CITY PAPER BALTIMORE; AGE 80: MARIO CARRION
Mario Carrion was born in Seville three years before the outbreak of the Spanish Civil War. His father, a “military man,” was a colonel in Franco’s army. He remembers the very bad days of his childhood when there were people dying of hunger on the streets. But enough of normal life remained that Carrion could wish to emulate his uncle and his cousin, who battled bulls instead of Communists.
Actually, Carrion insists bullfighting is not about fighting at all. “How stupid would I be at 140 pounds to fight a 1,200-pound bull?” he asks, standing below the enormous bull head mounted on the wall of his home in Ellicott City, where he’s lived for over 40 years. “The Spanish word toreo means to stay in front of the bull and create art. As Hemingway said, [it’s] a ballet in which, if you make a false step, you can be killed.”
Carrion’s father told him he could train to be a matador as long as he maintained B’s in school. “Oh, you wouldn’t believe how good a student I became,” Carrion says with a boyish grin.
In 1952, he debuted at a small fair in Tangier and later, the same year, in Madrid. He did so well that, in each case, both ears of the bull were cut off and presented to him—one of the highest honors in the sport.
He had many glorious fights all around the world and eventually killed over 400 bulls, but before he goes to sleep at night, he still remembers an inconsequential fight in a small town called Inca in 1954. “You look for perfection, whatever perfection is. But that day, that bull was perfection for me. I felt it in my soul.”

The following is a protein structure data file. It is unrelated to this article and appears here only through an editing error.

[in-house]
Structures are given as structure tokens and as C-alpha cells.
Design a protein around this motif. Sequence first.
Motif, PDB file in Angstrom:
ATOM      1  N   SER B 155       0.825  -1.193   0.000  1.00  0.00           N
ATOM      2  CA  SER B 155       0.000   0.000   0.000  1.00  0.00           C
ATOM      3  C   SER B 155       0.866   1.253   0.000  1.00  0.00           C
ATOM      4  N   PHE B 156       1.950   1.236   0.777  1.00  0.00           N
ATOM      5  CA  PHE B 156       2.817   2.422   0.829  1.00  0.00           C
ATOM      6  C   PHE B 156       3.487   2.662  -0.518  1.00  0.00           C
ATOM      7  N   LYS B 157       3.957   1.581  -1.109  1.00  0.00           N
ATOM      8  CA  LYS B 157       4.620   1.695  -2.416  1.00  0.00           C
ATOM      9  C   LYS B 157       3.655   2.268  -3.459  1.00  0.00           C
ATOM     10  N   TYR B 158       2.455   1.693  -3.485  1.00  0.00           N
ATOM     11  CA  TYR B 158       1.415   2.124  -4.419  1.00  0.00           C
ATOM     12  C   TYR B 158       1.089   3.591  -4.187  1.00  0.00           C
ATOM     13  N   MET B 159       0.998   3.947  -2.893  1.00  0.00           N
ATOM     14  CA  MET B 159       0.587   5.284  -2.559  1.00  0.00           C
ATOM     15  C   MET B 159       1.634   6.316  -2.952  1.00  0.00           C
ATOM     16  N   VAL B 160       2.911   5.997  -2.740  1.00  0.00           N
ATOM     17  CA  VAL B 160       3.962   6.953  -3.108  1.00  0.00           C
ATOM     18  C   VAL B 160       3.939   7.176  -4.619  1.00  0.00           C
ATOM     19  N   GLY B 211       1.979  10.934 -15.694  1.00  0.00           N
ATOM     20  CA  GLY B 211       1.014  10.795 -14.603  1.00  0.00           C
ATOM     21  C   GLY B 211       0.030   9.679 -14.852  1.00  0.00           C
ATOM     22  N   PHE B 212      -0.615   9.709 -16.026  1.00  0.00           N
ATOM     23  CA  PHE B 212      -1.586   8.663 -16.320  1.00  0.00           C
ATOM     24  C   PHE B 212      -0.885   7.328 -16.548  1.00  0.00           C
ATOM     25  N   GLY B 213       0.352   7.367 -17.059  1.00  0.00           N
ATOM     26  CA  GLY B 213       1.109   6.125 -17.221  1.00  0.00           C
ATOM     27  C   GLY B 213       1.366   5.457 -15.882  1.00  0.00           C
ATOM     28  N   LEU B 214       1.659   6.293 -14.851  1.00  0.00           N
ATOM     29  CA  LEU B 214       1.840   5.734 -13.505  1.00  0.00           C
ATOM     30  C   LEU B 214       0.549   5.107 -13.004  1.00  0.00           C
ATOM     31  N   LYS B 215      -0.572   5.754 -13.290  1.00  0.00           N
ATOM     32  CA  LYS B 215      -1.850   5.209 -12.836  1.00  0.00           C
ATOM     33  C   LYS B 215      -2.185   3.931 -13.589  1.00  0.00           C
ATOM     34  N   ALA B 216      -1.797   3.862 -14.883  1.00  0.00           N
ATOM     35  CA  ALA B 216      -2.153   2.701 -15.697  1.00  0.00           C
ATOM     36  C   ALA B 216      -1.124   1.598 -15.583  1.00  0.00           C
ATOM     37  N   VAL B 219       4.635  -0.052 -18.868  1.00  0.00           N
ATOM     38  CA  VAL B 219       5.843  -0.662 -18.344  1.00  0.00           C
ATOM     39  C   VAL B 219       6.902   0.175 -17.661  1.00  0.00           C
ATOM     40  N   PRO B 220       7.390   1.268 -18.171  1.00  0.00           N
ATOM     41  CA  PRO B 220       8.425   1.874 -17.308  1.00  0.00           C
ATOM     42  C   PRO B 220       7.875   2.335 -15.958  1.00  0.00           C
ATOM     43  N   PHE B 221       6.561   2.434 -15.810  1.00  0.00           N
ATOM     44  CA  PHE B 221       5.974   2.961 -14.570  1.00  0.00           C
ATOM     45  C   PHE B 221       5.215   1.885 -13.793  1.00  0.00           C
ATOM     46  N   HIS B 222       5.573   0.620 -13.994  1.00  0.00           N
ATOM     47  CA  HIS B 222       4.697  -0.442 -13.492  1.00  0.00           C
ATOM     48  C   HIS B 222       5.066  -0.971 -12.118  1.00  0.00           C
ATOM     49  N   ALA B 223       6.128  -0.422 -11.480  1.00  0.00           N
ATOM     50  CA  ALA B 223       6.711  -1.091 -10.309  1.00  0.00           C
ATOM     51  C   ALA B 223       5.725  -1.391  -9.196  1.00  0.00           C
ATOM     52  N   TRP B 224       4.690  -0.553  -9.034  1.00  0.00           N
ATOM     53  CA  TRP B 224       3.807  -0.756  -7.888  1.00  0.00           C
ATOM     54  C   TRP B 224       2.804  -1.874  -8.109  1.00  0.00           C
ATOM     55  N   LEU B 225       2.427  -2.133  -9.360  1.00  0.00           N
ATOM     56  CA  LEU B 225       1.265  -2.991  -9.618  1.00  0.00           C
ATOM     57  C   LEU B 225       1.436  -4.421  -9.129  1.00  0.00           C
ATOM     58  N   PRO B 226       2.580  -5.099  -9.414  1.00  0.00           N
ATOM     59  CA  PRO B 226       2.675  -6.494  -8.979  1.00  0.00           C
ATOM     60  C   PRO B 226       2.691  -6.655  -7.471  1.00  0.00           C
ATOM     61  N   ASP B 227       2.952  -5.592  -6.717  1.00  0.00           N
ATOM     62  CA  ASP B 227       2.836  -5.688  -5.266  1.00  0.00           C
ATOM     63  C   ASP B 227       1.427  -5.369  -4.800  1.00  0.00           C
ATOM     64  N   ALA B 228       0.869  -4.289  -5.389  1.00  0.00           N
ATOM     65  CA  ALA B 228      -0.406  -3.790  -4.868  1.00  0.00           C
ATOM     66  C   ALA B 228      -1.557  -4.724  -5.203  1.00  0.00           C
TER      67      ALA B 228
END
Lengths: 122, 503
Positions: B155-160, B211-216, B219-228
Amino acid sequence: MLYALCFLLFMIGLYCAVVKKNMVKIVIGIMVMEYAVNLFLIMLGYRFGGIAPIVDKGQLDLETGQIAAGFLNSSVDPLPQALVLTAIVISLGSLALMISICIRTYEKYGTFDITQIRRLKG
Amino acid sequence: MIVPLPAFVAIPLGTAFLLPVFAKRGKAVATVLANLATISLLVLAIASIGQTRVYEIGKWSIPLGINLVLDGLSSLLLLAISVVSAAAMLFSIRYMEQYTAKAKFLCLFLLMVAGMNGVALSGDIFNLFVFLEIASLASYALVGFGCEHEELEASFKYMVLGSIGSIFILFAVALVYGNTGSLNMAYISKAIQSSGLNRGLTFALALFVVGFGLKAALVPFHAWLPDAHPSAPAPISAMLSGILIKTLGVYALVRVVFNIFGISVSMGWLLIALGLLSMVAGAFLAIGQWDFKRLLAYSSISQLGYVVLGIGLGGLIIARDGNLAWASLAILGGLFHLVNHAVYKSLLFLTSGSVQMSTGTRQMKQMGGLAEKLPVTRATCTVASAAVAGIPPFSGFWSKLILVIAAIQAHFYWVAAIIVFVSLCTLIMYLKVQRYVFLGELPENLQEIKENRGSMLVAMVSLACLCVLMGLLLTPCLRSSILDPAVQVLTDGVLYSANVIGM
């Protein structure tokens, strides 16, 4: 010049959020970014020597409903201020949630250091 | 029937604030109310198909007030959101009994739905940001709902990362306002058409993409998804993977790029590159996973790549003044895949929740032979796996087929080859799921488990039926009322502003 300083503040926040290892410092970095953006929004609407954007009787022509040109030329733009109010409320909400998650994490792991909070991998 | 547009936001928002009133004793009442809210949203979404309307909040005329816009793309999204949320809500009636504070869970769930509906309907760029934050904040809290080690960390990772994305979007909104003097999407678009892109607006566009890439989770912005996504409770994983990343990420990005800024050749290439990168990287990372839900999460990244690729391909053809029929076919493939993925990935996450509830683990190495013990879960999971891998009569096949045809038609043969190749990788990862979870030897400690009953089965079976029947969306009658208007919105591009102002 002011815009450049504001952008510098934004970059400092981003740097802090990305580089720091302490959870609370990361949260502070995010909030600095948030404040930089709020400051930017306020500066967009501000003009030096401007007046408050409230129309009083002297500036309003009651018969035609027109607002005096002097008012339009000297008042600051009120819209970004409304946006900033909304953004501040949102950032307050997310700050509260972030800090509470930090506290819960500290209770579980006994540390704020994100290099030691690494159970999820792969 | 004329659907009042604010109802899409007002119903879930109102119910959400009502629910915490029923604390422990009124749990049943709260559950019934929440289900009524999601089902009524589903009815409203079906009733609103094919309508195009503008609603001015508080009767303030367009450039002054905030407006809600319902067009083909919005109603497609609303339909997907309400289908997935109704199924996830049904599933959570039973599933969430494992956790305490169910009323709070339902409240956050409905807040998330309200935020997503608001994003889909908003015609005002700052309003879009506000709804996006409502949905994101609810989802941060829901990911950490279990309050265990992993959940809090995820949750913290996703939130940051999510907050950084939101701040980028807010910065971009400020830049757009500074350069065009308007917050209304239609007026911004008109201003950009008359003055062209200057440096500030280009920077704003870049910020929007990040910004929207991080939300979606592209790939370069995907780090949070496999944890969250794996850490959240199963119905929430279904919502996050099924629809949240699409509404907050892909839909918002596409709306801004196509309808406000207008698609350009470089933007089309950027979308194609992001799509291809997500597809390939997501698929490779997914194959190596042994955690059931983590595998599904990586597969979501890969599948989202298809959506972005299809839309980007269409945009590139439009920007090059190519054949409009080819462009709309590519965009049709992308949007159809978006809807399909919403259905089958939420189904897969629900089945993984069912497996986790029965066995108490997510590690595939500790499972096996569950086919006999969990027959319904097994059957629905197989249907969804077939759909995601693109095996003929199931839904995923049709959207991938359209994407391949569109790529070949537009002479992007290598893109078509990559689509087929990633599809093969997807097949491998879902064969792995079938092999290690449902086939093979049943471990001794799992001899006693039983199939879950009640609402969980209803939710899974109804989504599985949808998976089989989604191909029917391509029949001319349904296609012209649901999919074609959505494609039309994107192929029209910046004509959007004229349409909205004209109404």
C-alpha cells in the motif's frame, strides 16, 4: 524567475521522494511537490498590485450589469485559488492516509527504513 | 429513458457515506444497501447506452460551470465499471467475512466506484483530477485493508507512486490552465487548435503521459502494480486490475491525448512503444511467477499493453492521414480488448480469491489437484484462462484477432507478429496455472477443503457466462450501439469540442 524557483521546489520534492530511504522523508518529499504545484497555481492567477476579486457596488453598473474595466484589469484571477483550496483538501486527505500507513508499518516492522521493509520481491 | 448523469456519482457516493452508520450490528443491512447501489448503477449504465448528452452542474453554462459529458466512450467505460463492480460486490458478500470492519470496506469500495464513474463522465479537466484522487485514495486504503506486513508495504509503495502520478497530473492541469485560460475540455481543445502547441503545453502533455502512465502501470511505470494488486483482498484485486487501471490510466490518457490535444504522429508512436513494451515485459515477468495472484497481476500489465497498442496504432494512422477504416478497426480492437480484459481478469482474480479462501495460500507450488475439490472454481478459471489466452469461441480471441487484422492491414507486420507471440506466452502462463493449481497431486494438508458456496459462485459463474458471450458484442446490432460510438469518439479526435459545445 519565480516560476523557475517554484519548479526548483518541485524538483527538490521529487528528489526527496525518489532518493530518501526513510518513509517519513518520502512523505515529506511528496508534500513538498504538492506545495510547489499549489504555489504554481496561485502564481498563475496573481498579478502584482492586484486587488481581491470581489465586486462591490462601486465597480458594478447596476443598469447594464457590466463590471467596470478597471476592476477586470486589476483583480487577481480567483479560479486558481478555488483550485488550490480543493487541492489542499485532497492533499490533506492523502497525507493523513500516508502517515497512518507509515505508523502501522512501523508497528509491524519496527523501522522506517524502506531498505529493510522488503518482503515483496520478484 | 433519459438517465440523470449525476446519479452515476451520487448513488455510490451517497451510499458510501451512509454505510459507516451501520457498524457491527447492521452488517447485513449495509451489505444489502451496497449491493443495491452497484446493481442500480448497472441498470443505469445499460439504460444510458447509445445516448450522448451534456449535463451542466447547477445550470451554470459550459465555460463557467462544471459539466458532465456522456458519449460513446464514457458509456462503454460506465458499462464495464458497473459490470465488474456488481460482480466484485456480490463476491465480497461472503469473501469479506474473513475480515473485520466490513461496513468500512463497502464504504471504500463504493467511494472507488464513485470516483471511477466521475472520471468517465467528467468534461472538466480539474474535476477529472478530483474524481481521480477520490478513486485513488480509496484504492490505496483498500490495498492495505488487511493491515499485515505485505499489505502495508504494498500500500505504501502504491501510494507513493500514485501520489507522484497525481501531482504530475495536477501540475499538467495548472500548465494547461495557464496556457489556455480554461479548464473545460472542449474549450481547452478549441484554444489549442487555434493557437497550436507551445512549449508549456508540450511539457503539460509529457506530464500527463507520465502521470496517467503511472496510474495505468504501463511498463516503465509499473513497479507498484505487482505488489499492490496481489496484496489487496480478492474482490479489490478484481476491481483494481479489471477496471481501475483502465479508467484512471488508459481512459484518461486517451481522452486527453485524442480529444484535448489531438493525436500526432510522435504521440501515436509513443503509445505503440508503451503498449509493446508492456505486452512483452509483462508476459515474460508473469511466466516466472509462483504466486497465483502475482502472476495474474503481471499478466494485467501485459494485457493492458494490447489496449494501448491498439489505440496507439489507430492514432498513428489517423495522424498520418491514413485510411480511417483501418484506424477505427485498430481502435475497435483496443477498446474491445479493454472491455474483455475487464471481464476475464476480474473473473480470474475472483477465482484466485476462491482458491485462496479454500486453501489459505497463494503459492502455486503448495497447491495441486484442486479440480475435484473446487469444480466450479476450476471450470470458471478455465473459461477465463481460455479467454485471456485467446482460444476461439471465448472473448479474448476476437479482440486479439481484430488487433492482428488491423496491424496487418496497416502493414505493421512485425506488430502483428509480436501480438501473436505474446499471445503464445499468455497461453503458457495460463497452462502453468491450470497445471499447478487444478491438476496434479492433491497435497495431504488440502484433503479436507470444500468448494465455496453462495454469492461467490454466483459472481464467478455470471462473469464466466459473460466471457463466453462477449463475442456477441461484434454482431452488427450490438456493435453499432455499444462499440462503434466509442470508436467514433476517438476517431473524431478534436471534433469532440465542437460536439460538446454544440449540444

The matador must be in complete control during every minute of the fight—except one. When he goes in for the kill, the matador must stand in front of the bull and lunge in to kill it.“You have to be crazy in that moment,” Carrion says. On one occasion, the bull came up and gored him through the lung. “The first question is not ‘how bad is it?’ but ‘how long will it be?’”
He received more than 10 such gorings—he proudly shows off a terrible scar on his leg, asking how many hunters are willing to face such danger. But it was not the danger that got Carrion out of the ring, at least not directly.
He was fighting in Latin America when he met an American woman named Sally Norton, who did not like bull fighting. “The pageantry of it is beautiful,” Sally says, bringing coffee and cookies down into her husband’s basement museum. “It’s neat to have the bull dedicated to you, when there’s nobody more important in the plaza. That’s cool. You stand up and everybody applauds. But then the bullfight started and it was all over for me.”
After the two were married, Sally never insisted that Carrion quit working as a matador. Bullfighting was, and still is, clearly his passion. “But she was afraid to death,” he says. So when she was pregnant with their first child, Carrion decided to give it up. He came to her right before Christmas in 1959 and said “I’ve fought my last fight.”
But he had no idea how difficult it would be to quit. “You’re used to being important, being great. . . then to actually have to work?”
Sally’s parents offered the couple a chance to move to the United States. Once they got to his in-laws’ house in Catonsville, Carrion refused to return to Spain for over 10 years because he was afraid he would get back in the ring. In the meantime, he attended UMBC and UMD College Park and eventually began a 30-year career as a Spanish teacher and department chair at Lansdowne High School. “I found in teaching an avocation. To me, it was not just a profession. It was something I enjoyed thoroughly and that allowed me to adjust my life away from bullfighting.
*Photo by Noah Scialom